Day 16–22 of #100DaysOfSwift with Hacking with Swift

Guess the Flag iOS game in Xcode simulator on MacBook Pro

Xcode

Xcode 12.5.1 options to create a new UIKit project

Project 1 — Storm Viewer

This single page app had a basic functionality of creating a file manager and allows you view each file on a separate page. In this case the files were photos of storms. So, it’s an app that lets you browse images! If you’ve been following the series, concepts that are used include arrays, variables, classes and methods. You are also introduced to a number of Swift’s built in types in UIKit along with more of the Xcode UI such as Storyboard, NavigationController, UIImageView, UIImage, ViewController, Auto Layout, Outlets, Interface builder etc.

Photo by Joshua Fuller on Unsplash

Project 2 — Guess the Flag

For this app, we return to the single page app and build a flag guessing game. This time you build on things you learned and used in Storm Viewer and also learn new things like Asset catalogs, UIButton, CALayer, alerts and more.

Project 3

This is a technique project which means a deep dive into one iOS technology. Technique projects will be recurring through the rest of the course so this is the first of many. This project builds on the Storm Viewer app and shows us how to let users share their photos with others via messages, social media etc. Here, we learn about the UIActivityViewController, UIBarButtonItem and more.

Example Xcode crash message when trying to access privacy sensitive data without user permission

Writing data to the Photos library on a user device isn’t allowed in iOS unless the user grants permission first.

My Storm Viewer app requesting access to device Photos library.

Wrap Up

At the all three projects, there are challenges to complete for adding functionality to your app. I highly recommend doing these as they help you get even more familiar with Swift and Xcode. There is no solution to the challenges because the goal is really to get you thinking, solving and writing code. All the challenge solutions that I created are included in my code on GitHub here: Project1, Project2 , but if you are working through the course, try solving the challenges on your own first before checking them out. Feel free to get creative with the challenges when you work through them. You can also let me know ways that I can improve if you’ve found a better or simpler solution than what I have created.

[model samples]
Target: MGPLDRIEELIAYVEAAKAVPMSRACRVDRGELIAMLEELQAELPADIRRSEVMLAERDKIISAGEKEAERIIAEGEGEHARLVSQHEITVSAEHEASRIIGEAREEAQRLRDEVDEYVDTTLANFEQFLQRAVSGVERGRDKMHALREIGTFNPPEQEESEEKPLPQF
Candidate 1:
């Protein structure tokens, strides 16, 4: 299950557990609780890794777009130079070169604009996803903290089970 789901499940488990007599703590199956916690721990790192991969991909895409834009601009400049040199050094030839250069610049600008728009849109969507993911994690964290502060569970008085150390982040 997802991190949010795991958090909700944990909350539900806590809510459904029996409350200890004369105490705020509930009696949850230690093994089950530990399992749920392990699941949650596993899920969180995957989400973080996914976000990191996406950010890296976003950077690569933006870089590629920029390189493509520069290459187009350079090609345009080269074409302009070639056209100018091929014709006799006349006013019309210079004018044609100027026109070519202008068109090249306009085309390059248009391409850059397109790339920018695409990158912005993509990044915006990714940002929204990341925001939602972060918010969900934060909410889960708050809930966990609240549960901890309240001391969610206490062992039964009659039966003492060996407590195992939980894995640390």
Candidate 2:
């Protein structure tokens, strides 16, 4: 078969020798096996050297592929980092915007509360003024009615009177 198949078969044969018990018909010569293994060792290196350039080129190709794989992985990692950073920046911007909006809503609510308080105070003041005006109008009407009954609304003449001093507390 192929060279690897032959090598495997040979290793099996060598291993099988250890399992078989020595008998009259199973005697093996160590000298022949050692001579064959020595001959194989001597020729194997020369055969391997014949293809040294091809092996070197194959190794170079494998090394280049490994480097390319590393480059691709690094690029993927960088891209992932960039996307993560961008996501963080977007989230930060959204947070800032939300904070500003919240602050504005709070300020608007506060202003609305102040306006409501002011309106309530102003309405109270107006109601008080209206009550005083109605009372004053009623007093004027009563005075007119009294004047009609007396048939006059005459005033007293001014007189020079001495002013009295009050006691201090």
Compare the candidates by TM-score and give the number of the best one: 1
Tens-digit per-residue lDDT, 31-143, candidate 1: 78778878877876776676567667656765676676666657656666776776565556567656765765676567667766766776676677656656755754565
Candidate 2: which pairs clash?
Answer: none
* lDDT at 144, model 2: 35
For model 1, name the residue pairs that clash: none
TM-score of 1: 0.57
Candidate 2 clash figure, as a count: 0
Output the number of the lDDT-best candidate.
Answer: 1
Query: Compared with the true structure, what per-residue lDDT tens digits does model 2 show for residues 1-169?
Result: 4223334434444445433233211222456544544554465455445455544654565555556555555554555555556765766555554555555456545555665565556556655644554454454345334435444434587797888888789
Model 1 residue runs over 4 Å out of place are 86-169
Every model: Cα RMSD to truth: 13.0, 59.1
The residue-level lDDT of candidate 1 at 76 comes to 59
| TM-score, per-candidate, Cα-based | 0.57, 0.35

Congratulations, you are an iOS app developer (sort of)!

Extra Credit

As a fun extra credit step, I decided to share my code on GitHub for two reasons. First to get familiar and comfortable with git/version control and second, to begin building a portfolio of my work. I used the GitHub Desktop app which does a lot of the heavy lifting and you can avoid the command line entirely. However, it is recommended to know how to write git commands in the terminal. It’s also always helpful to have a cheatsheet for git commands handy. Here’s one from Github education : git-cheat-sheet.

Energy Consultant, Professional Dressmaker and aspiring iOS Developer